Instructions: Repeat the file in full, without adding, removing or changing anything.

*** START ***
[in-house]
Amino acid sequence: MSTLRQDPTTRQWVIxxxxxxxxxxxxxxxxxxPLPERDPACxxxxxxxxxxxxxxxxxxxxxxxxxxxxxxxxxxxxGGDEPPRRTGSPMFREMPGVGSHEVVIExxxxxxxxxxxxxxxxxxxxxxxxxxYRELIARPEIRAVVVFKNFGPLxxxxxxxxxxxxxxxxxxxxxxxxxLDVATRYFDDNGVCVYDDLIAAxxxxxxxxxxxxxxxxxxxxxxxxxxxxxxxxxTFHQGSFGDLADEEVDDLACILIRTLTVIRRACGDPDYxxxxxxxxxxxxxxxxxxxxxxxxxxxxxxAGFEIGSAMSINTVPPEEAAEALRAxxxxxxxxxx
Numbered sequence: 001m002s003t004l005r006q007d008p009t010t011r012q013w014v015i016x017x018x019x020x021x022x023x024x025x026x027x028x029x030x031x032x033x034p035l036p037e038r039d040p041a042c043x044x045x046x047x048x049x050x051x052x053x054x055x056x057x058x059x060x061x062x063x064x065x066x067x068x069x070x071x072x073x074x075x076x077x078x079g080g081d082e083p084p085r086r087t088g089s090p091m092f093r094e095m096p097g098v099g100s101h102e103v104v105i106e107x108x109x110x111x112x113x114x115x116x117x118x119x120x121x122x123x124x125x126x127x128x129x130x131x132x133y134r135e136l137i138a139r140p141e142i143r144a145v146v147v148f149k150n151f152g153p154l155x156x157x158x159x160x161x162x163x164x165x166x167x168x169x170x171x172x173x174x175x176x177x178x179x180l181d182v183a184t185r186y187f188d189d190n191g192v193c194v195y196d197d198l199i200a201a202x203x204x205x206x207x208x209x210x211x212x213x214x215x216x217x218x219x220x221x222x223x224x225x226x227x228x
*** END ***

[in-house]
Amino acid sequence: MSTLRQDPTTRQWVIxxxxxxxxxxxxxxxxxxPLPERDPACxxxxxxxxxxxxxxxxxxxxxxxxxxxxxxxxxxxxGGDEPPRRTGSPMFREMPGVGSHEVVIExxxxxxxxxxxxxxxxxxxxxxxxxxYRELIARPEIRAVVVFKNFGPLxxxxxxxxxxxxxxxxxxxxxxxxxLDVATRYFDDNGVCVYDDLIAAxxxxxxxxxxxxxxxxxxxxxxxxxxxxxxxxxTFHQGSFGDLADEEVDDLACILIRTLTVIRRACGDPDYxxxxxxxxxxxxxxxxxxxxxxxxxxxxxxAGFEIGSAMSINTVPPEEAAEALRAxxxxxxxxxx
Numbered sequence: 001m002s003t004l005r006q007d008p009t010t011r012q013w014v015i016x017x018x019x020x021x022x023x024x025x026x027x028x029x030x031x032x033x034p035l036p037e038r039d040p041a042c043x044x045x046x047x048x049x050x051x052x053x054x055x056x057x058x059x060x061x062x063x064x065x066x067x068x069x070x071x072x073x074x075x076x077x078x079g080g081d082e083p084p085r086r087t088g089s090p091m092f093r094e095m096p097g098v099g100s101h102e103v104v105i106e107x108x109x110x111x112x113x114x115x116x117x118x119x120x121x122x123x124x125x126x127x128x129x130x131x132x133y134r135e136l137i138a139r140p141e142i143r144a145v146v147v148f149k150n151f152g153p154l155x156x157x158x159x160x161x162x163x164x165x166x167x168x169x170x171x172x173x174x175x176x177x178x179x180l181d182v183a184t185r186y187f188d189d190n191g192v193c194v195y196d197d198l199i200a201a202x203x204x205x206x207x208x209x210x211x212x213x214x215x216x217x218x219x220x221x222x223x224x225x226x227x228x